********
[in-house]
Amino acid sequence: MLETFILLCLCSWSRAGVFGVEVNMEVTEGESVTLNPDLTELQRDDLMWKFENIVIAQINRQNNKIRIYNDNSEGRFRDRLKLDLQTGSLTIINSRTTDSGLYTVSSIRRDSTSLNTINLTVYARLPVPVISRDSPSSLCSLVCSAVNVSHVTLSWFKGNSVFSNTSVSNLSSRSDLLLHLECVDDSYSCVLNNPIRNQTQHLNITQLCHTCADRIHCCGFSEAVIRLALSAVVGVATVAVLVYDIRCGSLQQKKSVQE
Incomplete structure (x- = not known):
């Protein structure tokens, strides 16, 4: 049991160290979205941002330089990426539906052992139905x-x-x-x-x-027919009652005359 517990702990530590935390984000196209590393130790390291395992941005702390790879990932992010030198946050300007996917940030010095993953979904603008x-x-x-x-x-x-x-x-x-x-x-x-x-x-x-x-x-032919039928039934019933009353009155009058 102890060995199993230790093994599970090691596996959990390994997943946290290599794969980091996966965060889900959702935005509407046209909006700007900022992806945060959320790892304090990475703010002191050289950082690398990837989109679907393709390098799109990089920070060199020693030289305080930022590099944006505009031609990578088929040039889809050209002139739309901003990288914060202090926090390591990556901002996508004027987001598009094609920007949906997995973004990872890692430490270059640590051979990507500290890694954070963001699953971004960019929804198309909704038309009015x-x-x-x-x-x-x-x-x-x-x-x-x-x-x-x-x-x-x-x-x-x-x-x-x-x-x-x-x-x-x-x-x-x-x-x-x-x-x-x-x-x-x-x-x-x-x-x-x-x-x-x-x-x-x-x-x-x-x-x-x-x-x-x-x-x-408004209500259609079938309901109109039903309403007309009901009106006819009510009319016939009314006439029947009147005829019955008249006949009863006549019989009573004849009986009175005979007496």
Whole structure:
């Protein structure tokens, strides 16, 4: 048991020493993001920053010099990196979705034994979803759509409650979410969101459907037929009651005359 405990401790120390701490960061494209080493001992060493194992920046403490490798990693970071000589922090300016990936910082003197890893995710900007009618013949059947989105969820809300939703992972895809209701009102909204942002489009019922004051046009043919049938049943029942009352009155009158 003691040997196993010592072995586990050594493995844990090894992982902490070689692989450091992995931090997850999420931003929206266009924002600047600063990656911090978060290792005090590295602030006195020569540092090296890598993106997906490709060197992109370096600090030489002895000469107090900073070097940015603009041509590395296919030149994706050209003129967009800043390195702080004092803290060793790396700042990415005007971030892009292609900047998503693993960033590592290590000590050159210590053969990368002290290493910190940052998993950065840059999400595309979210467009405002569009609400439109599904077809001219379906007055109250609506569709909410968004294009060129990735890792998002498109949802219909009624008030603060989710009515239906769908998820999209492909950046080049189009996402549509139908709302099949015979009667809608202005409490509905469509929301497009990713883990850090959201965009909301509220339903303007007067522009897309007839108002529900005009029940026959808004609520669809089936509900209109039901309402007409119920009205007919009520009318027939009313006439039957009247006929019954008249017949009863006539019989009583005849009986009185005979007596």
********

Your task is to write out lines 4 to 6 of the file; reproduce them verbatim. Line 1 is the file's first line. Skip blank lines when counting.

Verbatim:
């Protein structure tokens, strides 16, 4: 049991160290979205941002330089990426539906052992139905x-x-x-x-x-027919009652005359 517990702990530590935390984000196209590393130790390291395992941005702390790879990932992010030198946050300007996917940030010095993953979904603008x-x-x-x-x-x-x-x-x-x-x-x-x-x-x-x-x-032919039928039934019933009353009155009058 102890060995199993230790093994599970090691596996959990390994997943946290290599794969980091996966965060889900959702935005509407046209909006700007900022992806945060959320790892304090990475703010002191050289950082690398990837989109679907393709390098799109990089920070060199020693030289305080930022590099944006505009031609990578088929040039889809050209002139739309901003990288914060202090926090390591990556901002996508004027987001598009094609920007949906997995973004990872890692430490270059640590051979990507500290890694954070963001699953971004960019929804198309909704038309009015x-x-x-x-x-x-x-x-x-x-x-x-x-x-x-x-x-x-x-x-x-x-x-x-x-x-x-x-x-x-x-x-x-x-x-x-x-x-x-x-x-x-x-x-x-x-x-x-x-x-x-x-x-x-x-x-x-x-x-x-x-x-x-x-x-x-408004209500259609079938309901109109039903309403007309009901009106006819009510009319016939009314006439029947009147005829019955008249006949009863006549019989009573004849009986009175005979007496």
Whole structure:
């Protein structure tokens, strides 16, 4: 048991020493993001920053010099990196979705034994979803759509409650979410969101459907037929009651005359 405990401790120390701490960061494209080493001992060493194992920046403490490798990693970071000589922090300016990936910082003197890893995710900007009618013949059947989105969820809300939703992972895809209701009102909204942002489009019922004051046009043919049938049943029942009352009155009158 003691040997196993010592072995586990050594493995844990090894992982902490070689692989450091992995931090997850999420931003929206266009924002600047600063990656911090978060290792005090590295602030006195020569540092090296890598993106997906490709060197992109370096600090030489002895000469107090900073070097940015603009041509590395296919030149994706050209003129967009800043390195702080004092803290060793790396700042990415005007971030892009292609900047998503693993960033590592290590000590050159210590053969990368002290290493910190940052998993950065840059999400595309979210467009405002569009609400439109599904077809001219379906007055109250609506569709909410968004294009060129990735890792998002498109949802219909009624008030603060989710009515239906769908998820999209492909950046080049189009996402549509139908709302099949015979009667809608202005409490509905469509929301497009990713883990850090959201965009909301509220339903303007007067522009897309007839108002529900005009029940026959808004609520669809089936509900209109039901309402007409119920009205007919009520009318027939009313006439039957009247006929019954008249017949009863006539019989009583005849009986009185005979007596």